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Intramural Papers of the Month

By Robin Arnette
May 2008

More Dietary Fiber May Protect Against COPD

According to researchers from NIEHS and the University of North Carolina at Chapel Hill, greater intake of dietary fiber may protect against deterioration of lung function and possibly against chronic obstructive pulmonary disease (COPD). Data from previous research suggested that fiber consumption protected adults against the development of chronic bronchitis, but no other study had examined fiber intake in relation to pulmonary function and COPD.

Trained interviewers administered a 66-item food frequency questionnaire to approximately 15,000 middle-aged men and women from four U.S. communities during the Atherosclerosis Risk in Communities (ARIC)(http://www.chaicore.com/aric/index.html) Exit NIEHS Website Study. At baseline and three years later, participants were asked about respiratory diseases and symptoms and underwent lung function testing. Each participant's daily intake of nutrients was computed by multiplying the daily servings of each food item by its nutrient content. Fiber intake and lung function measurements were statistically analyzed using linear regression, multiple logistic regression and median-value quintiles.

The team found that a diet high in fiber, particularly from cereal and fruit, was related to better lung function. This result was the same regardless of sex, ethnicity or smoking status. The benefits were also independent of antioxidant vitamin ingestion or other dietary patterns. This investigation is the first to provide evidence that dietary fiber is independently associated with better pulmonary function and reduced prevalence of COPD.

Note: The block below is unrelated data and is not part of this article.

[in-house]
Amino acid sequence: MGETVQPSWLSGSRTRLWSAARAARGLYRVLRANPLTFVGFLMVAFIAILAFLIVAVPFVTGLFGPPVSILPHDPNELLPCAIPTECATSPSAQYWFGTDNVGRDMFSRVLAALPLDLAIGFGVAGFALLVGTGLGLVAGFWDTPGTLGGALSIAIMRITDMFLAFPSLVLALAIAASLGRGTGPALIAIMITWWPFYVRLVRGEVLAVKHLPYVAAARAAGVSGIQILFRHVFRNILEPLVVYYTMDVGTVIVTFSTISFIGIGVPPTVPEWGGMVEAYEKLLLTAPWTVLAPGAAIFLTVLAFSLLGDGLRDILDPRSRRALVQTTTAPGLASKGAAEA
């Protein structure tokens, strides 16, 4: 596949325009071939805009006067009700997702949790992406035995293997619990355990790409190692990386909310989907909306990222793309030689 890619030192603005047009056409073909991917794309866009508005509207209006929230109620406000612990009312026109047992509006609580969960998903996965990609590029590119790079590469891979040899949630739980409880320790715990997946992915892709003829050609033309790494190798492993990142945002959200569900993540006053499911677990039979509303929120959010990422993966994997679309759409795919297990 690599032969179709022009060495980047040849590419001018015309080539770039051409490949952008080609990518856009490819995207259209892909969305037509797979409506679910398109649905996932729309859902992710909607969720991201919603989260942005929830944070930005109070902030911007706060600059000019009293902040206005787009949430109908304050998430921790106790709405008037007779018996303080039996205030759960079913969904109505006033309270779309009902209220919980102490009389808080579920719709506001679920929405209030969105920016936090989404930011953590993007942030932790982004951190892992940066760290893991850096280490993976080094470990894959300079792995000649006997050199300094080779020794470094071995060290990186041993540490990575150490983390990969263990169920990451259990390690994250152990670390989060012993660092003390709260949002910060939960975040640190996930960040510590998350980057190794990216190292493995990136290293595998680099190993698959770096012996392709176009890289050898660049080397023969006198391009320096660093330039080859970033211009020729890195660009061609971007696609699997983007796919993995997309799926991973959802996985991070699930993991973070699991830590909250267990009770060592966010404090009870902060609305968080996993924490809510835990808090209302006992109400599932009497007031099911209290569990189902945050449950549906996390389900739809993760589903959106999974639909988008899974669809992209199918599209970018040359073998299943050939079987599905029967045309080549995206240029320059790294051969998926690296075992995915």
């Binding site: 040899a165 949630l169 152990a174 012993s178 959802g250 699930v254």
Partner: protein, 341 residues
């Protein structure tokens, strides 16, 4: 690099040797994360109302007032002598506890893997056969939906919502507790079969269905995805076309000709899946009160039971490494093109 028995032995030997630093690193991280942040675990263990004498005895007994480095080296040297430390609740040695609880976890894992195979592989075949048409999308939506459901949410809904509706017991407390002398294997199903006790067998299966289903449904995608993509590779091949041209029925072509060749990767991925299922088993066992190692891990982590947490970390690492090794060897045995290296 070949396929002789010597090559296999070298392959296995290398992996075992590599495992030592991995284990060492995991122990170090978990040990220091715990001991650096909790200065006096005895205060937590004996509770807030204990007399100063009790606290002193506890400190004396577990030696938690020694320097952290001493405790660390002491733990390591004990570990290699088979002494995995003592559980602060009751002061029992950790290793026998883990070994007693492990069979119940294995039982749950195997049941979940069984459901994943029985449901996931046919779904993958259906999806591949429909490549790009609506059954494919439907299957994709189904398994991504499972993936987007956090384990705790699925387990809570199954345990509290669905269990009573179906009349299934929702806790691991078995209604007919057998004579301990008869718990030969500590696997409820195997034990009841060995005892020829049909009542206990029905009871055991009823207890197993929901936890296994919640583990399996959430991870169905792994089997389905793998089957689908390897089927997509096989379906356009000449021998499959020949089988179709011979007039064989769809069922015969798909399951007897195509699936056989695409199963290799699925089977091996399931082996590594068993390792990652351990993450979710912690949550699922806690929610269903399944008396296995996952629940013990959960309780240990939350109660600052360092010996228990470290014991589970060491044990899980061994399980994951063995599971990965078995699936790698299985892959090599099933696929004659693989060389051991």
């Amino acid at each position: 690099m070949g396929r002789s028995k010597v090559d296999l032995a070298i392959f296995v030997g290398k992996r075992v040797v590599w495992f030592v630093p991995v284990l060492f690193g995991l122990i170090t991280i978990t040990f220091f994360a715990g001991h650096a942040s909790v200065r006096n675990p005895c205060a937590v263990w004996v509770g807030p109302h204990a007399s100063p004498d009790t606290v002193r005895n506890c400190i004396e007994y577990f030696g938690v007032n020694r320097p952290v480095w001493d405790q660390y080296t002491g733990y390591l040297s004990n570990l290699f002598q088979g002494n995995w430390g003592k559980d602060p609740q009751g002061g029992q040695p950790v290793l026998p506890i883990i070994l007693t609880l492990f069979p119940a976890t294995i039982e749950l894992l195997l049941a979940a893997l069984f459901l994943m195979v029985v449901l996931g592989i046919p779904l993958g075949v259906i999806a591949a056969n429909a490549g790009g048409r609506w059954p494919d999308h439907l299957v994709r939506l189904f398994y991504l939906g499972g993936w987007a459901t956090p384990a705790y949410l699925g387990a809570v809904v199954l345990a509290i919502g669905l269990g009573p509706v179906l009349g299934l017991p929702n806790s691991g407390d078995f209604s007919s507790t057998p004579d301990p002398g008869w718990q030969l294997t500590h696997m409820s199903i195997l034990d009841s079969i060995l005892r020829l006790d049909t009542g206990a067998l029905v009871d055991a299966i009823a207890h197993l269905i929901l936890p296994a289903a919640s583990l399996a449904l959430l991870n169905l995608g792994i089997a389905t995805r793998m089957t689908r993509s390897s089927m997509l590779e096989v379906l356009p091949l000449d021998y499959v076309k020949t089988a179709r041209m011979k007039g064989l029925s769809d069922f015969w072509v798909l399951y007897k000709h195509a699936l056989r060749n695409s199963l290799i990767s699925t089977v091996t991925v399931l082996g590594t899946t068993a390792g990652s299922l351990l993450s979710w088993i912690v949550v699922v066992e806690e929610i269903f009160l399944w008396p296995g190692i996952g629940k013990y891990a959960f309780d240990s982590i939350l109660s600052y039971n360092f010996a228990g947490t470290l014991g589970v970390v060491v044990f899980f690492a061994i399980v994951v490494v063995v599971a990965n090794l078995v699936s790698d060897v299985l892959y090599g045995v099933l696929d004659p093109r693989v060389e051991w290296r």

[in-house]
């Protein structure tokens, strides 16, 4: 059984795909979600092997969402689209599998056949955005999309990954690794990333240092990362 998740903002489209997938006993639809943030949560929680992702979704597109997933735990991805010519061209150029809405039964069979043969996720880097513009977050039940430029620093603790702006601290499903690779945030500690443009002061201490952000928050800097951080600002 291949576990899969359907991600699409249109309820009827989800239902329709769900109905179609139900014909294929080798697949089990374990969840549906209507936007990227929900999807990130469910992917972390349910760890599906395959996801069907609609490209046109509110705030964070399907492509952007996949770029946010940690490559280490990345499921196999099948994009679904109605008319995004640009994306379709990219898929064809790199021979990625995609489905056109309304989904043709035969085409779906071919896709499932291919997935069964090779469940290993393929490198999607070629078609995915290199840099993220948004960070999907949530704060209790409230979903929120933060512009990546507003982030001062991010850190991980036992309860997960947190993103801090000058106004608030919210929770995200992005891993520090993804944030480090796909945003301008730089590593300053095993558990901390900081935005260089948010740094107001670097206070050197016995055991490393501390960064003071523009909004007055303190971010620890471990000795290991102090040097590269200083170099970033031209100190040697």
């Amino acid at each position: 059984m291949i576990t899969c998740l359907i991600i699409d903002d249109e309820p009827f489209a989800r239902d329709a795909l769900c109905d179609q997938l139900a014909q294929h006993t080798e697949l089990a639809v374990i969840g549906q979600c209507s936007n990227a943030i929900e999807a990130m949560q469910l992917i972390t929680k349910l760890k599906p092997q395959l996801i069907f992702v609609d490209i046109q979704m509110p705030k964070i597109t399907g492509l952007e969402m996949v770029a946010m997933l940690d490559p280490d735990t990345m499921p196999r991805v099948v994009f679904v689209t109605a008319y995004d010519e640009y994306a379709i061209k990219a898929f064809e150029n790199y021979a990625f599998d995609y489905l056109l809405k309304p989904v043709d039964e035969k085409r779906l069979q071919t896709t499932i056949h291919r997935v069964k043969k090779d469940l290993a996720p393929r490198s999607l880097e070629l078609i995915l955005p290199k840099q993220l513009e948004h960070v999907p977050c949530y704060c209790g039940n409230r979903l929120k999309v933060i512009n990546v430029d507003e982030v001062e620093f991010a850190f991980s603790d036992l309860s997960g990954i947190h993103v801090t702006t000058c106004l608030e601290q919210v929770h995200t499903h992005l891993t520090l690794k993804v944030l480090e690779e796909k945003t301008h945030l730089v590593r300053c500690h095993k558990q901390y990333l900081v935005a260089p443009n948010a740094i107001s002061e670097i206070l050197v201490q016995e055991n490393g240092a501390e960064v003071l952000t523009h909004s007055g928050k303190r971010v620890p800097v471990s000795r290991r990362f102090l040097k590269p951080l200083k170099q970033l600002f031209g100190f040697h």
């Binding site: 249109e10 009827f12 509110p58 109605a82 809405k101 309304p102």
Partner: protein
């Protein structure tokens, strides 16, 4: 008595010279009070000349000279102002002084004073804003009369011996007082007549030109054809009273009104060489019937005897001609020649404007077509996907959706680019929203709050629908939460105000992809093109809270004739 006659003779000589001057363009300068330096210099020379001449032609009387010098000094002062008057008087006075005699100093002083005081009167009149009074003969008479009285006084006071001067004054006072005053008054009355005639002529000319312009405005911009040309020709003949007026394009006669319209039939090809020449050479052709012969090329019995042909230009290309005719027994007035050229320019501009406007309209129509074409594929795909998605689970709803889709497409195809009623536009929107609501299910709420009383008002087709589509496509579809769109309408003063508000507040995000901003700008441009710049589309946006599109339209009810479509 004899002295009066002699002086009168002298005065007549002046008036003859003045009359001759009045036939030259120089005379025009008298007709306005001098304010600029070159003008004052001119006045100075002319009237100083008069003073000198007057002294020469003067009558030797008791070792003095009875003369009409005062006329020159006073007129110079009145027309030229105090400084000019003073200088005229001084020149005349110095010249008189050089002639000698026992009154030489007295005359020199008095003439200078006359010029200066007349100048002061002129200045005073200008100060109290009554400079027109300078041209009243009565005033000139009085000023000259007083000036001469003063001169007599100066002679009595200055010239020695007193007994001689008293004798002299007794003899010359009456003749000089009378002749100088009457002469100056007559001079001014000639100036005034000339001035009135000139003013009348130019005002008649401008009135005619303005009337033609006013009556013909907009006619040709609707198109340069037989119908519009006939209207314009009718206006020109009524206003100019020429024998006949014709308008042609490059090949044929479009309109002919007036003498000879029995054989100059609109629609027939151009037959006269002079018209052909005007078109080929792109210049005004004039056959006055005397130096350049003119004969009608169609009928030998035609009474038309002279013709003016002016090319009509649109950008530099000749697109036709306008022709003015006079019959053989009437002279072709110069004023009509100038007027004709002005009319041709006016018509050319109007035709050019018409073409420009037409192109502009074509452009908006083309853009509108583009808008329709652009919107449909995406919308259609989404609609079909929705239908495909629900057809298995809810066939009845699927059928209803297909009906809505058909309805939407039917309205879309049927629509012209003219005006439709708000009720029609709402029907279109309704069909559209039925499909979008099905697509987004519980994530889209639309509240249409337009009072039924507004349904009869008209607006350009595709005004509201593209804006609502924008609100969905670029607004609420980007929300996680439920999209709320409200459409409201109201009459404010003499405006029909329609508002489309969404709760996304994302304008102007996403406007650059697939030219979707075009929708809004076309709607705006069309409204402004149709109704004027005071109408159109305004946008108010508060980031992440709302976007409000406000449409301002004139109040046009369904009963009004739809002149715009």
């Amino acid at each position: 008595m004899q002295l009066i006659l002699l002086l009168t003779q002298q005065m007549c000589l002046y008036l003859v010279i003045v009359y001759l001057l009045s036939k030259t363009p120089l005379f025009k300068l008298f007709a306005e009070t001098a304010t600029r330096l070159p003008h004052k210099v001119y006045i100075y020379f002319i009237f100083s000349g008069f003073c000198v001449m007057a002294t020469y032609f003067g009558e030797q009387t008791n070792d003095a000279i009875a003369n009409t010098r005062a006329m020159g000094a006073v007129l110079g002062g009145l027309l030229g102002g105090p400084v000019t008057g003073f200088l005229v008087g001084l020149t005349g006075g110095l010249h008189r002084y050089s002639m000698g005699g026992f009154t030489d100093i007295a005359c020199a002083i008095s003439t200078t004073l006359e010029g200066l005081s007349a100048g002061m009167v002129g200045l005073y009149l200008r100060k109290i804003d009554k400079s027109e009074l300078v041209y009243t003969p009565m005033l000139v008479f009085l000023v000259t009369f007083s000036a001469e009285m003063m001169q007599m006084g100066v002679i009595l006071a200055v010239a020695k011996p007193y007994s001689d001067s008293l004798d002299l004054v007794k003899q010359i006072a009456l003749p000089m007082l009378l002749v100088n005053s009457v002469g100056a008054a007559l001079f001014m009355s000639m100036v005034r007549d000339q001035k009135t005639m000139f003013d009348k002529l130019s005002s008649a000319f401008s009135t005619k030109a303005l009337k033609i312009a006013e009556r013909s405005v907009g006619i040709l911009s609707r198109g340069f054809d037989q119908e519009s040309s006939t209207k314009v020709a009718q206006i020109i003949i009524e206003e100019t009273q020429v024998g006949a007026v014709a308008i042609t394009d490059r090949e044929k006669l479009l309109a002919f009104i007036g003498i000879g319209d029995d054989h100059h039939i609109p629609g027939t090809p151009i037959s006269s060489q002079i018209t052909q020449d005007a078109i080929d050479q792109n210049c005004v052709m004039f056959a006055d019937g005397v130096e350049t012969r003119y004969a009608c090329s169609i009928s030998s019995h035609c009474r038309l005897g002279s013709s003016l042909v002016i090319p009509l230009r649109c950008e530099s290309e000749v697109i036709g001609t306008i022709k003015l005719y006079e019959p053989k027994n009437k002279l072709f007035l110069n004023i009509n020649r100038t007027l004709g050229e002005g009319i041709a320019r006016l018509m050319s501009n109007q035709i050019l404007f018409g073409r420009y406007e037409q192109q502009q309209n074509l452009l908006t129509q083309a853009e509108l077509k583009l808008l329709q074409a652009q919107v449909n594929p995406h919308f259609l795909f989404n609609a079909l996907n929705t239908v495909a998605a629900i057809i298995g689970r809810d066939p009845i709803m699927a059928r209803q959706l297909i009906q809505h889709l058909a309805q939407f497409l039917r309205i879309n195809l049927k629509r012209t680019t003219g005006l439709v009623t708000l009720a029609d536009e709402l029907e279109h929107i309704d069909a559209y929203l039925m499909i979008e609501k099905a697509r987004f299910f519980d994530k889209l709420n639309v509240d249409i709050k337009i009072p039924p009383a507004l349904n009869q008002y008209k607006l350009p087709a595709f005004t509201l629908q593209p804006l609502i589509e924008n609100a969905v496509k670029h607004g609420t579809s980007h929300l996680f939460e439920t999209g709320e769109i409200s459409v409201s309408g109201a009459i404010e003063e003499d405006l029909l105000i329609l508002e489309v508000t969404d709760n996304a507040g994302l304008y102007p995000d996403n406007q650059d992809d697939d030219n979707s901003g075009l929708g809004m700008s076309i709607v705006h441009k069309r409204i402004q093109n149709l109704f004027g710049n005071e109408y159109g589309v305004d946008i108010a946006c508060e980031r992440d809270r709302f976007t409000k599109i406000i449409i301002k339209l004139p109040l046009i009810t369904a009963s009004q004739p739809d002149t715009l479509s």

Citation: Kan H, Steven J, Heiss G, Rose KM, London SJ.(http://www.ncbi.nlm.nih.gov/pubmed/18063592?ordinalpos=6&itool=EntrezSystem2.PEntrez.Pubmed.Pubmed_ResultsPanel.Pubmed_RVDocSum) Exit NIEHS Website 2008. Dietary fiber, lung function, and chronic obstructive pulmonary disease in the atherosclerosis risk in communities study. Am J Epidemiol 167(5):570-578.

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A Novel Approach for Indentifying Transcription Factor Binding Sites

NIEHS investigators have developed a novel method for identifying transcription factor binding sites in a set of sequences. The approach, called fdrMotif, is faster and has a higher sensitivity than MEME, a commonly-used de novo motif discovery program.

To identify transcription factor biding sites in chromatin immunoprecipitation (ChIP) sequences, the majority of de novo motif identification methods use a two-stage approach that (1) optimizes the motif model and (2) tests the statistical significance of the motif score. However, the two-stage approach has several disadvantages such as the need to specify or model the abundance parameter, uncontrolled errors for multiple comparisons and arbitrary P-values and Z-scores.

The authors improved on standard identification methods in their development of fdrMotif, which uses an E-step and the maximization (M)-step in model optimization like MEME, but also utilizes a new normalization procedure in the E-step that combines model optimization and significance testing during each iteration. When tested, fdrMotif identified 93.2 percent of the p53 binding sites in ChIP sequences. When fdrMotif and MEME were tested on 500 sets of simulated ChIP sequences with embedded known p53 binding sites, fdrMotif performed better.

In summary, fdrMotif is a simple approach that doesn't require a motif abundance parameter or post-analysis statistical significance test. It is a unique and useful tool for motif identification.

Citation: Li L, Bass RL, Liang Y.(http://www.ncbi.nlm.nih.gov/pubmed/18296465?ordinalpos=1&itool=EntrezSystem2.PEntrez.Pubmed.Pubmed_ResultsPanel.Pubmed_RVDocSum) Exit NIEHS Website 2008. fdrMotif: Identifying cis-elements by an EM algorithm coupled with false discovery rate control. Bioinformatics 24(5):629-636.